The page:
Black leaders in Baltimore County are rejecting a plan to create a black-majority legislative sub-district along the Liberty Road corridor, instead putting forward a plan to create two such districts.
Col. James R. Pennington, president of the county chapter of the NAACP, said his group would present its plan in Annapolis today for two black sub-districts along Liberty Road, west of the city line.
Since the last redistricting in 1980, the black population has increased to about 40 percent of the total population of the Liberty Road corridor , the highest concentration of blacks in the county.
Noting that the county delegation to the General Assembly has no black members, Pennington said at a news conference in Catonsville yesterday that "African-Americans are not being represented as they should."
Legislative districts are rearranged every 10 years to account for shifts in population based on the U.S. Census.
Under a plan tentatively approved by county delegates, blacks along Liberty Road west into Woodlawn would have an overwhelming majority in a single-member sub-district. They would be shifted from what is now the 11th District to the 10th, which is mostly white and now represented by three Republican delegates and a Democratic senator.
The NAACP, on the other hand, proposes breaking up the 11th into three sub-districts with a delegate representing each.
The NAACP plan, supported in principle by other black organizations as well, would create one sub-district from parts of Woodlawn, Woodmoor and Lochearn, in which blacks would make up 59 percent of the voters. In a second sub-district, extending west along Liberty Road to Randallstown, black voters would constitute 52 percent. The remaining sub-district centering around Pikesville would be mostly white.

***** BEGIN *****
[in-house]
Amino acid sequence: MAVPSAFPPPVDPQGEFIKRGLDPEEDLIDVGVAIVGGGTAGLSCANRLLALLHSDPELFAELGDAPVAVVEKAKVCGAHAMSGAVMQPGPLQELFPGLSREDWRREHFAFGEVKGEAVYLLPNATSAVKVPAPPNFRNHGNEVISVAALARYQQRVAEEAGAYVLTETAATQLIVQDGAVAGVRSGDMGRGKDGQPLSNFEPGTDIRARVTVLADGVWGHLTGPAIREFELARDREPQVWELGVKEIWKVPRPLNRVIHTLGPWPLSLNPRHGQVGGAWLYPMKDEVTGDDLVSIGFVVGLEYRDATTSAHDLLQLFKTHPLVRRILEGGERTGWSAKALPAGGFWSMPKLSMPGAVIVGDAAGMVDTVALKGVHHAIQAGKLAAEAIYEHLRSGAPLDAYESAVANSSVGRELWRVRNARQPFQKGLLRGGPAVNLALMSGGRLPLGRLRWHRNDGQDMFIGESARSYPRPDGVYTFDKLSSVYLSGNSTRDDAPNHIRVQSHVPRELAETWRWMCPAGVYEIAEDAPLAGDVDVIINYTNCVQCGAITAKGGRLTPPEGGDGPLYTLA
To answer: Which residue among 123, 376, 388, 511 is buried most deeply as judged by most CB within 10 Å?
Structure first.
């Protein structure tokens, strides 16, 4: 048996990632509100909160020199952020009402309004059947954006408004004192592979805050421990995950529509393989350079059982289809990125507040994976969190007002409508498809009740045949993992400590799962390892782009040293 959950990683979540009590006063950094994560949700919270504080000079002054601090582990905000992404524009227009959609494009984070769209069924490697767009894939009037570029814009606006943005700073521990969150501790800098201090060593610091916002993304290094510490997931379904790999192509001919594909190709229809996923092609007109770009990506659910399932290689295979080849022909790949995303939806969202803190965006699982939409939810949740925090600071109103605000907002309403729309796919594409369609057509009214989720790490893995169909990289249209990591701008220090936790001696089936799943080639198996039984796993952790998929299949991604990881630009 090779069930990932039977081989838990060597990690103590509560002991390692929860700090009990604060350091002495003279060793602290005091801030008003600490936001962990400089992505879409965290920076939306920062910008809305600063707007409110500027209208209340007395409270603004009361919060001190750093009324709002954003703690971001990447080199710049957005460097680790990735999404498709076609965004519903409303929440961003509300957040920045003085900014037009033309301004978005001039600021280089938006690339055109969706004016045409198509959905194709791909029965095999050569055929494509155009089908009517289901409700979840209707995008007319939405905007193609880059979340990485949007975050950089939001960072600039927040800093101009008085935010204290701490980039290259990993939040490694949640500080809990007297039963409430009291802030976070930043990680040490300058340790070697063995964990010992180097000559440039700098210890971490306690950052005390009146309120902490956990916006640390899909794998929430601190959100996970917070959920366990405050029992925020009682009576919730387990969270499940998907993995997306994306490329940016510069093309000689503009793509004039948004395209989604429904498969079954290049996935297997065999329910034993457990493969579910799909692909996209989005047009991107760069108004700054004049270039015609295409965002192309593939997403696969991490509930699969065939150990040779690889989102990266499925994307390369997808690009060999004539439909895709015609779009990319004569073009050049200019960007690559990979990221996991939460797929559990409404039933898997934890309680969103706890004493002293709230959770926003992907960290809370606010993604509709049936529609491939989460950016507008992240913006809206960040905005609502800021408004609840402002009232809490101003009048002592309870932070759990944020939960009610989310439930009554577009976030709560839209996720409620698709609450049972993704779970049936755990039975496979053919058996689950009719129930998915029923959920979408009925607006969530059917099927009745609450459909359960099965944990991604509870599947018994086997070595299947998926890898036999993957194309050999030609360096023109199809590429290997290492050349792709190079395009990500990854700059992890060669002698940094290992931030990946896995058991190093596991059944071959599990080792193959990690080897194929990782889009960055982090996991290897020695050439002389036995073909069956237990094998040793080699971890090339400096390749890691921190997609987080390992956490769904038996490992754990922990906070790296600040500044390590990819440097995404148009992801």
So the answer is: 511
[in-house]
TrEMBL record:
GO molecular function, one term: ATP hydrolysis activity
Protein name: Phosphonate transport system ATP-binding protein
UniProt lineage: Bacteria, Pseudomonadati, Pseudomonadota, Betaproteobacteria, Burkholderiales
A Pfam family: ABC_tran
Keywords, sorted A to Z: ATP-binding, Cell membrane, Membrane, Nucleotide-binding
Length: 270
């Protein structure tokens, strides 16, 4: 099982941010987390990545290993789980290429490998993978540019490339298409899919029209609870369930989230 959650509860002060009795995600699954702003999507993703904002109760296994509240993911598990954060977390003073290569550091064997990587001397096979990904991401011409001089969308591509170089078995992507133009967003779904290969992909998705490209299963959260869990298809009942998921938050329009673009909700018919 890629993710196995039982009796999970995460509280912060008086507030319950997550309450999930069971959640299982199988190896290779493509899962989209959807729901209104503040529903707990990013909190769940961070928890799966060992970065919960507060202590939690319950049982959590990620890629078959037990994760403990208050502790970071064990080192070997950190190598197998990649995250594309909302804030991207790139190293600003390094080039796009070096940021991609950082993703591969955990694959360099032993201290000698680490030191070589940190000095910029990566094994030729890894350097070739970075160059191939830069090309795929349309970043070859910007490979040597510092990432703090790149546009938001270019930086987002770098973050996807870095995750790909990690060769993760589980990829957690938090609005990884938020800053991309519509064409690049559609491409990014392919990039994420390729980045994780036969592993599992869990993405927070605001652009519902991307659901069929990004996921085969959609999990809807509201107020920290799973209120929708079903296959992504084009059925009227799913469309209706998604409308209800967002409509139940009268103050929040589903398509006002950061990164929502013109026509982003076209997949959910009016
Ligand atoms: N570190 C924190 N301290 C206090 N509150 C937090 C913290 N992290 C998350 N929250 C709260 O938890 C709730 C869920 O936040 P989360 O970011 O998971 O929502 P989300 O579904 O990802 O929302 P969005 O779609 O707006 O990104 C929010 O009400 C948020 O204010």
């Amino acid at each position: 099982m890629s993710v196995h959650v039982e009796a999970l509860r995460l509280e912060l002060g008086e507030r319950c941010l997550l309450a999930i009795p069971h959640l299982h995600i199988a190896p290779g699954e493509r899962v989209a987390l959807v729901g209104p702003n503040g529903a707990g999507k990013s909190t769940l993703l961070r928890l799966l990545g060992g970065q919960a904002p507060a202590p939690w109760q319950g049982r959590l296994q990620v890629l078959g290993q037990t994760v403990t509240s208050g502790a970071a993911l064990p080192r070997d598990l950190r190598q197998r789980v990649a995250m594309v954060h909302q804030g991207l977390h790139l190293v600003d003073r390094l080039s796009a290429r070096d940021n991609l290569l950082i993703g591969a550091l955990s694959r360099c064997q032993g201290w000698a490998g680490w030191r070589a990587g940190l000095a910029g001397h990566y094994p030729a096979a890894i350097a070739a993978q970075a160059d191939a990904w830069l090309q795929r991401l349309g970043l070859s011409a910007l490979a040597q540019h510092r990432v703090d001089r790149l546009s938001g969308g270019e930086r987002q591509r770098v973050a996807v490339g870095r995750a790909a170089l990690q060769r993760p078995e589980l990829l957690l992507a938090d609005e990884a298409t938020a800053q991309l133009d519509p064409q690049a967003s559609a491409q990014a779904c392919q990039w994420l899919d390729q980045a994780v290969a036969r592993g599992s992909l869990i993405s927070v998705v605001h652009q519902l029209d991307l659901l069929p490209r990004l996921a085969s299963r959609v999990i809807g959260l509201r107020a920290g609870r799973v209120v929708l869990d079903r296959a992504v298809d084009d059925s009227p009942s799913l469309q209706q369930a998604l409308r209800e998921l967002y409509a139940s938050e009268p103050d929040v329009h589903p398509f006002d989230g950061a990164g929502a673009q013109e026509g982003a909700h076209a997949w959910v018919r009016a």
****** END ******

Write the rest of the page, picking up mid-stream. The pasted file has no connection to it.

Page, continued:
The NAACP believes this plan would also give black voters in the area a better shot at electing a state senator than if they were switched to the 10th District.
Herbert H. Lindsey, another county NAACP official, accused the incumbents of the 11th of merely trying to protect their turf in their support of a sub-district in the 10th for blacks.
"Keep in mind the three incumbent delegates and senator are Jewish, and what they're doing is trying to protect their base at the sacrifice of African-Americans," Lindsey said.
One of those delegates, Theodore Levin, D-11th, said, "I'm happy with the way things are" and lamented that redistricting has led the two main cultural groups in the district, blacks and Jews, into "cutting each other up."
Levin, who has represented the 11th since 1975, doubted the need for either redistricting plan. The existence of a concentrated minority population in an area does not automatically call for a racial remedy in redistricting under the federal Voting Rights Act, he said, adding that the area would have to show a history of blacks losing elections to opponents campaigning on racial issues.
Levin also feared that if the 11th was divided into three sub-districts for racial reasons, the same analysis could apply to all districts across the state, possibly breaking up more district delegations into single-member sub-districts. Being represented by a single delegate, instead of by three from an entire district, can diminish voters' clout, Levin said.
He accused the NAACP of a power grab. "He just looks for power, that's the nature of Col. Pennington," Levin said.
At his news conference, Pennington was confident that the NAACP proposal met the criteria of the Voting Rights Act.
"We feel strongly that something will be accepted," Pennington said. "We don't really expect we'll have to sue."